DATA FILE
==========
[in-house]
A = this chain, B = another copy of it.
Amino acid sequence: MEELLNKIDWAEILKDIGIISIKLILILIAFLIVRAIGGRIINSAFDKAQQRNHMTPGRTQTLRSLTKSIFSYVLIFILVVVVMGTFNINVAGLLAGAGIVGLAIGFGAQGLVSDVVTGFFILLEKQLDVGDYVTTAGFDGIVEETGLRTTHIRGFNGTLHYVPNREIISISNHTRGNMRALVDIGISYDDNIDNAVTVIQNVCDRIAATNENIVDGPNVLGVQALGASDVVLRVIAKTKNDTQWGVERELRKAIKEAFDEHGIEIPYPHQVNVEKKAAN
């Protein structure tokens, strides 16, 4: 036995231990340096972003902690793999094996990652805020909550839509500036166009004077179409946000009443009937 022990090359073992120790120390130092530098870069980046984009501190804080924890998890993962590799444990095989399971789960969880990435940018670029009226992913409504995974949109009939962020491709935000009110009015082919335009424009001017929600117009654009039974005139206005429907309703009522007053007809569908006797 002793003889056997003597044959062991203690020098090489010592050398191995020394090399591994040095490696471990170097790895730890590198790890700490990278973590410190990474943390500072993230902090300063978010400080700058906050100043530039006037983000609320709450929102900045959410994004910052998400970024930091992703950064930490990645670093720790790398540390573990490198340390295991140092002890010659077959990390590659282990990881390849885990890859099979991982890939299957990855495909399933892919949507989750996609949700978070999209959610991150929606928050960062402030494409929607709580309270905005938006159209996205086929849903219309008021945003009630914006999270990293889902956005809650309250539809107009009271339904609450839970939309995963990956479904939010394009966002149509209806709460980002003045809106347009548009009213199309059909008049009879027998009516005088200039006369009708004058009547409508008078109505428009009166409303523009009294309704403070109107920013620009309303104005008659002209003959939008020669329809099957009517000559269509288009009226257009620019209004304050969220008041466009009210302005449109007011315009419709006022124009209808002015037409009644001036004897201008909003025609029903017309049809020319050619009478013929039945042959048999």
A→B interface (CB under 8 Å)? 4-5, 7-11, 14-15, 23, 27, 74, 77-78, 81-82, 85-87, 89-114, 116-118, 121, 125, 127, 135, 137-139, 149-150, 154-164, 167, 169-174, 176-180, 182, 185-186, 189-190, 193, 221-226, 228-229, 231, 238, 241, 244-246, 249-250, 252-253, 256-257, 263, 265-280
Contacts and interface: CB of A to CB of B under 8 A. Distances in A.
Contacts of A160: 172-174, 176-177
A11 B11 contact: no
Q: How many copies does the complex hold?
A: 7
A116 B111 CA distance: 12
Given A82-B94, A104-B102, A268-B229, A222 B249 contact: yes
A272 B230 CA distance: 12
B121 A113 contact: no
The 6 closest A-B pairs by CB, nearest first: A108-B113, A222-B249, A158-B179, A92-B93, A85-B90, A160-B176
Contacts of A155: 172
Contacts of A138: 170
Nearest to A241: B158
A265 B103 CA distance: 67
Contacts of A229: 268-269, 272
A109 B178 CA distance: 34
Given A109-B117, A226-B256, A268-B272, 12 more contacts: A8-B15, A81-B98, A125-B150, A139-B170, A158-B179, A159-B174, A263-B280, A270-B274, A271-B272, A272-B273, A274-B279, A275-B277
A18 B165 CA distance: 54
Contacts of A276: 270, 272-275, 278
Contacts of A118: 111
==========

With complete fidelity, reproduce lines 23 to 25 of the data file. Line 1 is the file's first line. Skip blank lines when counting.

A18 B165 CA distance: 54
Contacts of A276: 270, 272-275, 278
Contacts of A118: 111